Oh yeah, one last thing. I found the watercolor texture I used for the previous header at Lost and taken, a blog dedicated to offering free, high resolution textures.

Sketchbook Sunday #8 – Lucky Cat

Hey kids, do your know what time it is? It’s time for another Sketchbook Sunday! Okay, all jokes aside, here are few process pictures of an avatar I drew for a friend. Actually, I was the one who wanted him to have an avatar for his twitter account, so I suggested he could let me draw a Japanese Lucky cat (maneki neko).

I sketched and inked it in my usual sketchbook, before scanning it with my lousy scanner. Then I redid almost everything in Photoshop with my Wacom drawing tablet (an old Graphire4 A5). The first draft (in the middle) was a bit too cute, so I had to make the final version a bit more hungover and scruffy. Or in the words of my friend… “Could you make it look like he has stubble like Fred Flintstone?”. Well, scruffy it is then!

In related news, here’s a pic I posted on twitter. I was challenged by @Nattosoup to draw “A psychotic, clingy babysitter”. My challenge to her was “An overly enthusiastic food lover/gourmet with crazy unkempt hair!”, and here’s what she drew.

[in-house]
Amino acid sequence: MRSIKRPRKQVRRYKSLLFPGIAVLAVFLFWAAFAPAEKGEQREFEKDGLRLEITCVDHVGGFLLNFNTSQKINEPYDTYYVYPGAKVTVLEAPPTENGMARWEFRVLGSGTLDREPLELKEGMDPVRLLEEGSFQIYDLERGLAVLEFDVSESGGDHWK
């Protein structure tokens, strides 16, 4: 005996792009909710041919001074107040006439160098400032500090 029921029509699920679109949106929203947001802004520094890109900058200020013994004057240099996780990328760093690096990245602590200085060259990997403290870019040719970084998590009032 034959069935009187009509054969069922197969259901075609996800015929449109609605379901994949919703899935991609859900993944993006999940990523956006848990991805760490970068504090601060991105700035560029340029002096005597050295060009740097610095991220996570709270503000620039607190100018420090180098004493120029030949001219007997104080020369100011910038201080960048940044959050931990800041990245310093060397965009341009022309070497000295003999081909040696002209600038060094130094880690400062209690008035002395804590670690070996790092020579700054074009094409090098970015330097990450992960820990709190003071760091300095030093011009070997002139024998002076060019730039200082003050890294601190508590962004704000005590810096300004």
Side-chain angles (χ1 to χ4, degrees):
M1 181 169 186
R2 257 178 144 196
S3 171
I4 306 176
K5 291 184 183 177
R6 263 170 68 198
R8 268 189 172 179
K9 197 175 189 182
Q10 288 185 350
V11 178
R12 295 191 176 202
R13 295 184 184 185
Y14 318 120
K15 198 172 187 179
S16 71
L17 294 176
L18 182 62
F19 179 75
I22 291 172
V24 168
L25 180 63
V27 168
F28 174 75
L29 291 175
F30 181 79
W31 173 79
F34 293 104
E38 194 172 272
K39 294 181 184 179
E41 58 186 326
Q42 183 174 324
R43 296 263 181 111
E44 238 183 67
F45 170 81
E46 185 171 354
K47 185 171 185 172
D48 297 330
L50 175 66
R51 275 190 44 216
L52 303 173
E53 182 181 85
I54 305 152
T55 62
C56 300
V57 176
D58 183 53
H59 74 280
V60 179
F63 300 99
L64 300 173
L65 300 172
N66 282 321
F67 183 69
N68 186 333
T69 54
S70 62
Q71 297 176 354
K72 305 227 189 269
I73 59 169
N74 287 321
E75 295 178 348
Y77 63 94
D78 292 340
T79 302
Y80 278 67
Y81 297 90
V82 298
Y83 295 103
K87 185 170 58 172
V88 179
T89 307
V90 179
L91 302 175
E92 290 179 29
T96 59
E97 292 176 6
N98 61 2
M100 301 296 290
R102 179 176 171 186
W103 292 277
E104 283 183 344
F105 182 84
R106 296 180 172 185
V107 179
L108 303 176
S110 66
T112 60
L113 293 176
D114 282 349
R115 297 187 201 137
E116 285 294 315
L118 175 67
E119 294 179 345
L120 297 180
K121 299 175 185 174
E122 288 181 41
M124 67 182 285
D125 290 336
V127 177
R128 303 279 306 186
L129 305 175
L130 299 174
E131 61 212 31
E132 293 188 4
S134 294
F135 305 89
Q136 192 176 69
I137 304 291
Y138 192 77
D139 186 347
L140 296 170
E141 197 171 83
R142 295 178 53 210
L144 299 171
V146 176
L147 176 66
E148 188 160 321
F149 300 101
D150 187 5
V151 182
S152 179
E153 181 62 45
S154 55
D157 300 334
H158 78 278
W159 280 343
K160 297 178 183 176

Blog theme updates

Okay, I’ve been meaning to change the header picture for some time…Seriously, I’ve stuck with the theme default (which has been a set of randomized photographs) for too long. The photo headers have been nice, but they’ve got very little to do with the content on this blog…

So I cooked up this banner. I’m not pleased with the font I used (currently, I don’t have a lot of fonts…) and the four “icons” kinda look like they’re clickable. Well, they’re not. Anyhow, I hope you’ll excuse me for running with this for a while. Until I come up with something better that is!

Edit: I found the watercolor texture I used for the this header at Lost and taken, a blog dedicated to offering free, high resolution textures.

Sketchbook Sunday #7 – Fine-line madness

I’ve missed a few Sketchbook Sundays now, and for that I’m sorry. Maybe I should have some kind of punishment for not posting anything for a while? If you’ve got a suggestion for a punishment, leave a comment below!

So, on to this week’s sketches. I’ve had a lot of fun with fine-line gel pens lately, especially the super-fine ones I bought from the JetPens-store. I like the idea of being able to draw small and super-detailed on smaller paper sizes. This page is from a homemade pad of cheap printer paper, cut to A5-size and bound together with book-rings (a trick I learned from Lucy Knisley’s blog). The line that the pens produce are not as consistent as a fine-line black marker, but the result is nonetheless interesting. In addition to that, there’s a wide selection of colors to choose from, at least for the ones that are 0.25 mm.

For those interested, among the pens I used are the Pentel Slicci Gel Ink Pen – 0.25 mm and Uni-ball Signo Bit UM-201 Gel Ink Pen – 0.18 mm.